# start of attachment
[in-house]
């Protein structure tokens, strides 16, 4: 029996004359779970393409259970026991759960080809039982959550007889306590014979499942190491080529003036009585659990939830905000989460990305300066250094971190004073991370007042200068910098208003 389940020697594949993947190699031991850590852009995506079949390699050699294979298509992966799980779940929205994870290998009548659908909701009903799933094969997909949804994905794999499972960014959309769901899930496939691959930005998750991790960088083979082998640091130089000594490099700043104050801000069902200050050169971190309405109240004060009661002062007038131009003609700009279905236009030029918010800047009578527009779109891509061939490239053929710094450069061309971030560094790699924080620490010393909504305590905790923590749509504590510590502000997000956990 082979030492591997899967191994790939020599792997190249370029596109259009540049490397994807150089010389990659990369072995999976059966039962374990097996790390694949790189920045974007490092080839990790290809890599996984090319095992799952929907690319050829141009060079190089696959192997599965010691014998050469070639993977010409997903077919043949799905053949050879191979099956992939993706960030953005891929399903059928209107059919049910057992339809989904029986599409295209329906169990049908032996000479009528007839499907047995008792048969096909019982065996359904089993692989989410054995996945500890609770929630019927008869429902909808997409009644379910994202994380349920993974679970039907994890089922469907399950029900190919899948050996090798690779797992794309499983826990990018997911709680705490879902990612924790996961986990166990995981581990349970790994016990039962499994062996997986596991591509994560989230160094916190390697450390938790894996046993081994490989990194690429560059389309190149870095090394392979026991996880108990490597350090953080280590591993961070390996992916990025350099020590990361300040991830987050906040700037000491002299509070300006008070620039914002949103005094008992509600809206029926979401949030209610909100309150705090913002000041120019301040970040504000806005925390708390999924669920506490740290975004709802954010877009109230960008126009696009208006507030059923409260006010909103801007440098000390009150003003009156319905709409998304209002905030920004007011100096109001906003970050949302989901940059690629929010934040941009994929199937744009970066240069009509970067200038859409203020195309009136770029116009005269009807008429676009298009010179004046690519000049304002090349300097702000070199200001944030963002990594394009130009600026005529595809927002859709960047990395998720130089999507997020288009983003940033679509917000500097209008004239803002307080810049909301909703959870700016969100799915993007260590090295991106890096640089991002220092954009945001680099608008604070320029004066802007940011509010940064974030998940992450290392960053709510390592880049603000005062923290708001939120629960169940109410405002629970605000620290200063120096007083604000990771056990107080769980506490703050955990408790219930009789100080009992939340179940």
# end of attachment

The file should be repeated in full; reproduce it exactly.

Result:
[in-house]
């Protein structure tokens, strides 16, 4: 029996004359779970393409259970026991759960080809039982959550007889306590014979499942190491080529003036009585659990939830905000989460990305300066250094971190004073991370007042200068910098208003 389940020697594949993947190699031991850590852009995506079949390699050699294979298509992966799980779940929205994870290998009548659908909701009903799933094969997909949804994905794999499972960014959309769901899930496939691959930005998750991790960088083979082998640091130089000594490099700043104050801000069902200050050169971190309405109240004060009661002062007038131009003609700009279905236009030029918010800047009578527009779109891509061939490239053929710094450069061309971030560094790699924080620490010393909504305590905790923590749509504590510590502000997000956990 082979030492591997899967191994790939020599792997190249370029596109259009540049490397994807150089010389990659990369072995999976059966039962374990097996790390694949790189920045974007490092080839990790290809890599996984090319095992799952929907690319050829141009060079190089696959192997599965010691014998050469070639993977010409997903077919043949799905053949050879191979099956992939993706960030953005891929399903059928209107059919049910057992339809989904029986599409295209329906169990049908032996000479009528007839499907047995008792048969096909019982065996359904089993692989989410054995996945500890609770929630019927008869429902909808997409009644379910994202994380349920993974679970039907994890089922469907399950029900190919899948050996090798690779797992794309499983826990990018997911709680705490879902990612924790996961986990166990995981581990349970790994016990039962499994062996997986596991591509994560989230160094916190390697450390938790894996046993081994490989990194690429560059389309190149870095090394392979026991996880108990490597350090953080280590591993961070390996992916990025350099020590990361300040991830987050906040700037000491002299509070300006008070620039914002949103005094008992509600809206029926979401949030209610909100309150705090913002000041120019301040970040504000806005925390708390999924669920506490740290975004709802954010877009109230960008126009696009208006507030059923409260006010909103801007440098000390009150003003009156319905709409998304209002905030920004007011100096109001906003970050949302989901940059690629929010934040941009994929199937744009970066240069009509970067200038859409203020195309009136770029116009005269009807008429676009298009010179004046690519000049304002090349300097702000070199200001944030963002990594394009130009600026005529595809927002859709960047990395998720130089999507997020288009983003940033679509917000500097209008004239803002307080810049909301909703959870700016969100799915993007260590090295991106890096640089991002220092954009945001680099608008604070320029004066802007940011509010940064974030998940992450290392960053709510390592880049603000005062923290708001939120629960169940109410405002629970605000620290200063120096007083604000990771056990107080769980506490703050955990408790219930009789100080009992939340179940």